A handmade sign promising cash for diabetic strips

Real repugnance

Should some transactions — even between two willing parties — be forbidden?

Koen Smets
6 min readNov 26, 2021

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The other day, I came across a picture from the US, showing a small sign attached to a tree announcing that someone was willing to buy diabetic test strips for cash. The sign suggests there is unmet demand for such products, and invites people who can meet that demand to do so, thus facilitating a market. But some people think this is wrong. Do they have a point?

Diabetic test strips are disposable pieces of plastic used by people with type 1 diabetes to test their blood glucose level, typically four or five times a day. Individuals with health insurance receive these free of charge, but uninsured people will need to buy them at a cost of around $0.50 each (prices in the UK and Europe are equivalent at around 40p and 45 eurocents).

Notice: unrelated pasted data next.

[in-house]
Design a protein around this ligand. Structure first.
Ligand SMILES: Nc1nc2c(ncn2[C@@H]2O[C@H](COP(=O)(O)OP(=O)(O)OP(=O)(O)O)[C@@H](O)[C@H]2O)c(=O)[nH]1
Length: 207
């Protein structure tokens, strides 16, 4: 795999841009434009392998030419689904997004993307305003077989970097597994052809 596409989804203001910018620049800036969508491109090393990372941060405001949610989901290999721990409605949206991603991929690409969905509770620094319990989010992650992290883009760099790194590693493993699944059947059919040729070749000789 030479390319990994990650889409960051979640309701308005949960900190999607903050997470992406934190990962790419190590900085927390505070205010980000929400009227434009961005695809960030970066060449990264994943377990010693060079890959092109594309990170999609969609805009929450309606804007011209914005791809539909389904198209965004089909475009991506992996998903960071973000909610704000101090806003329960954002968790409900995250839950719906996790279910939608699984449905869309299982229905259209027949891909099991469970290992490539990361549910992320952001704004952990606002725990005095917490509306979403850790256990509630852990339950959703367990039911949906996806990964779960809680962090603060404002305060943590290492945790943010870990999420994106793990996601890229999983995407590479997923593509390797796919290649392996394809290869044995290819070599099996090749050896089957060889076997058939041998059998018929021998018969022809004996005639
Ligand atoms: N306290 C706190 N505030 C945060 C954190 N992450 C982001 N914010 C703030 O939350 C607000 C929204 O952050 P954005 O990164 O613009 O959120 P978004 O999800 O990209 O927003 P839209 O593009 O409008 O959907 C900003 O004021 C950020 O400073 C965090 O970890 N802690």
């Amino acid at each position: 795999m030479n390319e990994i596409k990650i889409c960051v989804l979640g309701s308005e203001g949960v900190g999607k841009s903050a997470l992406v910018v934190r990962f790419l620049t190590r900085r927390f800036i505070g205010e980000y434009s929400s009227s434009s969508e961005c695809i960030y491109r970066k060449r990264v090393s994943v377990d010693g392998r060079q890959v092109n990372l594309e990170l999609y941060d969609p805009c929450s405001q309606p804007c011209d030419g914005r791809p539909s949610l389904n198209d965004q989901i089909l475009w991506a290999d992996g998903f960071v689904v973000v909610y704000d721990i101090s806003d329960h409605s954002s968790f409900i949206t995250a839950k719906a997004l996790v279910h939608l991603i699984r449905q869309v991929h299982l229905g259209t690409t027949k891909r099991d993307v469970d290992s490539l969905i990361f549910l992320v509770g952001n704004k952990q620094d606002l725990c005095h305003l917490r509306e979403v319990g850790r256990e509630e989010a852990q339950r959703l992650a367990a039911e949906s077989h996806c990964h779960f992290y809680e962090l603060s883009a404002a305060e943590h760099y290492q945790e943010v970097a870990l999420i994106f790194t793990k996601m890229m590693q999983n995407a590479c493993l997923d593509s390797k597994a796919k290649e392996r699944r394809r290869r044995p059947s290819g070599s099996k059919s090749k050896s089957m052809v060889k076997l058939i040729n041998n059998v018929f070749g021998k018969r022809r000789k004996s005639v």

This may sound like a relatively small amount, but the daily cost of $2-$2.50 is considerable for someone on a small budget without insurance. At the same time, for someone on a small budget, but with health insurance (perhaps through their employer), the opportunity to gain extra income by selling some of their strips might be appealing.

Repugnant markets and transactions

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Koen Smets

Accidental behavioural economist in search of wisdom. Uses insights from (behavioural) economics in organization development. On Twitter as @koenfucius